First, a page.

Mike Kelley: Well as the dean of students at WWRC it is my role to oversee a student’s vocational experience on campus. Everything from their living arrangements in our dormitories to their afterhours activities in our recreation services and around campus, and their entire VR experience from start to finish. 

Rick Sizemore: So this is pretty significant. How many students are we talking about? 

Mike Kelley: We’re talking about anywhere between 320 to 340 at any given time. 

Rick Sizemore: So like a small college 

Mike Kelley: Very much like a small college, yes. 

Rick Sizemore: So you have a masters degree in rehabilitation counseling? 

Mike Kelley: I do. I have a masters degree from the George Washington University. 

Rick Sizemore: And you’ve spent most of your life doing this kind of work. 

Mike Kelley: I have, yeah, about 19 years in and around [crosstalk 00:12:52]. 

Rick Sizemore: You’ve helped a lot of people along the career pathway in 19 years, haven’t you? 

Mike Kelley: It seems so. It’s been mutually beneficial, they’ve helped me a lot as well. 

Rick Sizemore: That’s great. How are you evolving a staff of professional rehabilitation counselors that are needed to provide the guidance and support that’s necessary for an operation as significant as an on campus VR experience like we have here at Wilson Workforce? 

Mike Kelley: Sure. Well we have a team of highly trained, dedicated, professionals that are rehabilitation counselors as with many agencies and many workforces around the nation we have a workforce that is approaching the age of retirement.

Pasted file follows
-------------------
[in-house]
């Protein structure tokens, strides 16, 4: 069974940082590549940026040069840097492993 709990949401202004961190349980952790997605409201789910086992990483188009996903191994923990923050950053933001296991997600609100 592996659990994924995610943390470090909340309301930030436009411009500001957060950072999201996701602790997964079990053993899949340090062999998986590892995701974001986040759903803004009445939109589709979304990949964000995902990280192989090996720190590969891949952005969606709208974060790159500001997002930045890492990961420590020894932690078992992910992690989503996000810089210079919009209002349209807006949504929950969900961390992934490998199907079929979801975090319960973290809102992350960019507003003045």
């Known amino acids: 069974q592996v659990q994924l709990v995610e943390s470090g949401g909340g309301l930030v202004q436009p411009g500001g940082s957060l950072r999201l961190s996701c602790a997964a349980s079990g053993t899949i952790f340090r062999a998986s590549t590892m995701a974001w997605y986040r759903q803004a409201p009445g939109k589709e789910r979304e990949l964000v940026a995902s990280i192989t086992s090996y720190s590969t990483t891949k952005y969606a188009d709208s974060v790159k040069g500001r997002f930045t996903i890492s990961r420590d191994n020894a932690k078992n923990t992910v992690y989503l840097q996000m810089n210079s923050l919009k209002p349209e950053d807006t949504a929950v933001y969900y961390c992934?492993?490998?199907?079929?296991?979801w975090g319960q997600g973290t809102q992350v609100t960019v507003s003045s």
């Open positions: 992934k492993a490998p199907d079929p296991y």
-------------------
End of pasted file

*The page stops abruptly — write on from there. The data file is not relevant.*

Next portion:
Rick Sizemore: Yeah, the silver tsunami. 

Mike Kelley: Yes. 

Rick Sizemore: Which I’m in, by the way. 

Mike Kelley: We have been fortunate to evolve a number of rehabilitation counselor trainee positions where individuals who have a bachelor’s degree and have an interest in pursuing a master’s degree in rehabilitation counseling can come and work for the agency and provide voc rehab services to consumers under the supervision of a currently certified rehabilitation counselor, and while providing those services can pursue a further degree and a certified rehabilitation counselor credential while also working in the field. 

Rick Sizemore: So this long term training grant, RSA is of course soliciting input on the future of all of their grant activities. What’s your take on the value of a long term training grant, to help folks like you just talked about? 

Mike Kelley: It’s invaluable, it’s invaluable for a couple of reasons. I was a benefactor of the long term training grant from RSA. It enabled me to work in voc rehab while also pursuing my master’s degree, and it allows an employee to experience the practical application of what they’re learning in an academic setting every day when they come to work. 

Rick Sizemore: You see it as a big plus to have the long term training grant, to help build the capacity of the center. 

Mike Kelley: Absolutely. For the benefit to the employee is invaluable, the benefit to the agency is invaluable as well. It allows VR agencies to put into place some succession planning as our workforce ages, allows us to attract new, young, energetic professionals into the rehabilitation counseling in the VR profession. 

Rick Sizemore: Mike Kelley is the dean of students at Wilson Workforce, thank you for being on the show today, Mike. 

Mike Kelley: Thank you, my pleasure. 

Rick Sizemore: We welcome back to our show Doctor Rob Froelich who is a project director, adjunct professor, with the George Washington University’s Center for Rehabilitation Counseling, Research, and Education. Rob works with the VR return on investment project, the WINTAC and targeted communities technical assistant centers, as well as the Virginia Career Pathways for Individuals with Disabilities. Rob Froelich, it’s great to have you back on the show.